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Sunday, February 25, 2024

Young Republicans react to end of Democratic National Convention

Wisconsin’s young Republicans are criticizing Democrats’ message upon the conclusion of the Democratic National Convention in Charlotte last week, saying they didn’t make a good enough case to address the problems facing the country’s youth.

Wisconsin College Republicans said in a statement Friday President Barack Obama failed to outline a plan to deal with the current youth unemployment rate in his convention speech.

“With youth unemployment hovering around 18 percent, all the President could say was that his policies are working, with no mention of unemployment at all,” the statement said.

UW College Republicans Chair Jeff Snow called the President’s speech at the convention uninspiring and said younger people should be concerned.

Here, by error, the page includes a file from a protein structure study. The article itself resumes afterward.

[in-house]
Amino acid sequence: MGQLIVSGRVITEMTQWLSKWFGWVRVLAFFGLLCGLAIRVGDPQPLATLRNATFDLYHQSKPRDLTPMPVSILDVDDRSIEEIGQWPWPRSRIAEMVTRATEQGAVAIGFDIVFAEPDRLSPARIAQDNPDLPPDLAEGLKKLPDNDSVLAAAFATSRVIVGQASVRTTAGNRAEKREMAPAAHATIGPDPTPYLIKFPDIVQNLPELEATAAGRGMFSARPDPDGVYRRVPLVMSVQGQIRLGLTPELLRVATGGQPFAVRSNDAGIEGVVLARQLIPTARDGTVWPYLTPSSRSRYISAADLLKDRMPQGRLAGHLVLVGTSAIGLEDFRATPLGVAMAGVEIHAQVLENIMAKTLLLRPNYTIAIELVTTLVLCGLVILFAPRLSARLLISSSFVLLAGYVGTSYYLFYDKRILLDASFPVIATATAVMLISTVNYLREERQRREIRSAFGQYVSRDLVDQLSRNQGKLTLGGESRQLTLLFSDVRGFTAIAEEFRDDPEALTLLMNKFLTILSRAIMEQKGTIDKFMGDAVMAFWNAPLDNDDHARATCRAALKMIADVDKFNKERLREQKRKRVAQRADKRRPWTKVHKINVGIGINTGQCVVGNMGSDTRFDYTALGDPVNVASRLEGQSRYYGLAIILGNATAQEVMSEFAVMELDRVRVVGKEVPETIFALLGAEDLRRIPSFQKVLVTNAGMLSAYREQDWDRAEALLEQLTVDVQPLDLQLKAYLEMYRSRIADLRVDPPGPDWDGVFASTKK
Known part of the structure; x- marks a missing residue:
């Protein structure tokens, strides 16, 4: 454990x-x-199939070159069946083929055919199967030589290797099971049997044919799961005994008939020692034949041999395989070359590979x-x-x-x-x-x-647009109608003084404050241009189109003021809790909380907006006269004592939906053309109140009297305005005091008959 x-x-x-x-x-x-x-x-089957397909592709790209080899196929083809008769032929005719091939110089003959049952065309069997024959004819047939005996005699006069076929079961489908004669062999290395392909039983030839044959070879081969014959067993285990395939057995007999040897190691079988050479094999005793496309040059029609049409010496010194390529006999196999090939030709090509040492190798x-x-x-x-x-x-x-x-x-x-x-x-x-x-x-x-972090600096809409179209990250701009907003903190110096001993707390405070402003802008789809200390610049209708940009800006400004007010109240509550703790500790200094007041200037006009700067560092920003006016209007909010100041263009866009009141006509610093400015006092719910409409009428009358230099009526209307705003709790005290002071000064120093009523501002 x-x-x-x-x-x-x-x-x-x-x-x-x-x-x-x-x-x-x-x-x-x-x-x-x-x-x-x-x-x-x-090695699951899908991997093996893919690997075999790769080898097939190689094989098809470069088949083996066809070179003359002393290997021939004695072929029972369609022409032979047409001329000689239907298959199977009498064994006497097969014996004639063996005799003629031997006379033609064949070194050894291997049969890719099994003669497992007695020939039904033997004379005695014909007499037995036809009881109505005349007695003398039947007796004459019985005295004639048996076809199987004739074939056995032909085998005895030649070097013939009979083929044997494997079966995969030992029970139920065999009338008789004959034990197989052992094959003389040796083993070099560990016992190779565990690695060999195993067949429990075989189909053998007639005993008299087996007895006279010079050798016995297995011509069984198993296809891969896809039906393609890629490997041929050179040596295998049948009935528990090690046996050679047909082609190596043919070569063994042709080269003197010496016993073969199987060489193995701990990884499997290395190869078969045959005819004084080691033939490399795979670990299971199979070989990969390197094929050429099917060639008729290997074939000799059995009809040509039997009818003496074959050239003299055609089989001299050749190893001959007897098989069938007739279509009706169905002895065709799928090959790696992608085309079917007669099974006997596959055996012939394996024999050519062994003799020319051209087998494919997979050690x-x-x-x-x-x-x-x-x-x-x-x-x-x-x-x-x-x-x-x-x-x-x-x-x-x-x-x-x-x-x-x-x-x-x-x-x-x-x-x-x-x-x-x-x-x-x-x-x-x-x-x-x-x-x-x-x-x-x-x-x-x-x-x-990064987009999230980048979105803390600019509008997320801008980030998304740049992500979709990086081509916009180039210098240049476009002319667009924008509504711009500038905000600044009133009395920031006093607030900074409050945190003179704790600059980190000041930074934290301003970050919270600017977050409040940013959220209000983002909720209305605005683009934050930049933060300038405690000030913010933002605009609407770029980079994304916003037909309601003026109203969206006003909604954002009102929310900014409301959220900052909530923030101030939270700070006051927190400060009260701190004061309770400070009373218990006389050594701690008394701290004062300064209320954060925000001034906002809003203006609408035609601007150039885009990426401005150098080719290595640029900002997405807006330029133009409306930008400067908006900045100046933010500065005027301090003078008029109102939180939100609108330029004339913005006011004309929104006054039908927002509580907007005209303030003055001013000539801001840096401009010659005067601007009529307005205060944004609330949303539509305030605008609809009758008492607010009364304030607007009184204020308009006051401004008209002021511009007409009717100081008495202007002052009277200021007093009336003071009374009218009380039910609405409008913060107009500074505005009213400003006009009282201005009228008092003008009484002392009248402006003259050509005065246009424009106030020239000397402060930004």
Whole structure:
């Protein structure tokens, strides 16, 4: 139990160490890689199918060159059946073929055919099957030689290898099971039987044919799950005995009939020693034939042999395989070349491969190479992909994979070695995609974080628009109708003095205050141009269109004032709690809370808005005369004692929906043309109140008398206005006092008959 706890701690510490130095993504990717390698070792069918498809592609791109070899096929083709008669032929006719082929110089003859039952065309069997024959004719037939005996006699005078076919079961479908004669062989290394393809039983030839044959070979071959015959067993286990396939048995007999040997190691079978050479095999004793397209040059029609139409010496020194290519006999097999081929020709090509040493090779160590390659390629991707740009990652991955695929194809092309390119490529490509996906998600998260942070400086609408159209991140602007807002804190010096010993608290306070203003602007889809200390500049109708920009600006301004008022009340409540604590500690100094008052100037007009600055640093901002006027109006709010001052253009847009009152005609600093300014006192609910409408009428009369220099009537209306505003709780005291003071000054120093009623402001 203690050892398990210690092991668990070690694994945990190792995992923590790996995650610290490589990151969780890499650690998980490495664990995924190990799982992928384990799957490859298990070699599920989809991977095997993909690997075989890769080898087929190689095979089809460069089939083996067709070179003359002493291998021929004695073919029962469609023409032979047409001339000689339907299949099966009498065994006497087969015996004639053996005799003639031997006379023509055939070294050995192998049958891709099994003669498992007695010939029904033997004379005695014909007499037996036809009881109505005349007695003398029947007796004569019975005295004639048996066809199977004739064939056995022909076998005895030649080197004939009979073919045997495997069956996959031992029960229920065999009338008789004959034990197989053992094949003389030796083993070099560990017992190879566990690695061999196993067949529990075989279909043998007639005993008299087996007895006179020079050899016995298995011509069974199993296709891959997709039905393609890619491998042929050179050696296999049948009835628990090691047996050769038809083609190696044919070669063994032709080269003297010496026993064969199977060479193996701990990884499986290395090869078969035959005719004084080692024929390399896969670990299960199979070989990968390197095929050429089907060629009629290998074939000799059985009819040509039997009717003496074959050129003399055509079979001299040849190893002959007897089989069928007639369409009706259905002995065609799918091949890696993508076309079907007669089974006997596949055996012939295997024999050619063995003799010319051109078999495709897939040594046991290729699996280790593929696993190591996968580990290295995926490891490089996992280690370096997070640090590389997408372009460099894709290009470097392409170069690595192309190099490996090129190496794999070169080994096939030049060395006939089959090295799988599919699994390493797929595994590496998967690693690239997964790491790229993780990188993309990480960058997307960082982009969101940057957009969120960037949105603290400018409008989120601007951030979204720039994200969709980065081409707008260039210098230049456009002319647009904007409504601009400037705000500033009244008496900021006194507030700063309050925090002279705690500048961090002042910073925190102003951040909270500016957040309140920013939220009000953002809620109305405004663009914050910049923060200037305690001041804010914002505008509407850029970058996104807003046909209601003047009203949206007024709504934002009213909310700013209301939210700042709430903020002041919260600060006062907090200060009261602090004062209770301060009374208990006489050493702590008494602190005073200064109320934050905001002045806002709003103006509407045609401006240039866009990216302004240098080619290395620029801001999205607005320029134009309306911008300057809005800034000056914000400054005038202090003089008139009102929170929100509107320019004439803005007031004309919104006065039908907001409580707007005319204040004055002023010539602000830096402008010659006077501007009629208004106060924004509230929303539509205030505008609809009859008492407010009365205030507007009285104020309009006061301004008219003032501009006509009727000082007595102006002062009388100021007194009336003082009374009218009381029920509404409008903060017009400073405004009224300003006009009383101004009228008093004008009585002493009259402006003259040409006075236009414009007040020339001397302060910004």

“He spoke in just generics and he has no specifics and no plan to curb unemployment and to reduce it, especially amongst youth,” Snow said.

Snow also said both Mitt Romney and Vice Presidential candidate Paul Ryan can alleviate concerns for youth voters by placing an emphasis on fixing the debt and promoting private sector growth to allow college graduates to find jobs more quickly.

“Governor Romney is a business guru with great private sector experience and Paul Ryan is a wizard when it comes to the debt,” Snow said.

UW-Madison College Democrats Chair Chris Hoffman disagreed, arguing that Obama has been talking about job growth and helping college students with loan debt since he took office.  Hoffman also said that although Obama has lost some student support, he still holds a double-digit lead in that age group over Romney in most polls.

“He’s been doing the best he can do with the hand he has been dealt which has been a horrible hand to say the least,” Hoffman said.

The president  may face issues with his approval rating amongst youth voters, according to a recent survey cited by the  Wisconsin College Republicans. The JZ Analytics poll showed Obama’s approval has fallen from 60 percent in 2008 to 49 percent today.  

His opponent in the election, Romney, has an approval rating of 41 percent among youth voters according to the same poll, a significantly higher number than the 30 percent John McCain had in 2008.

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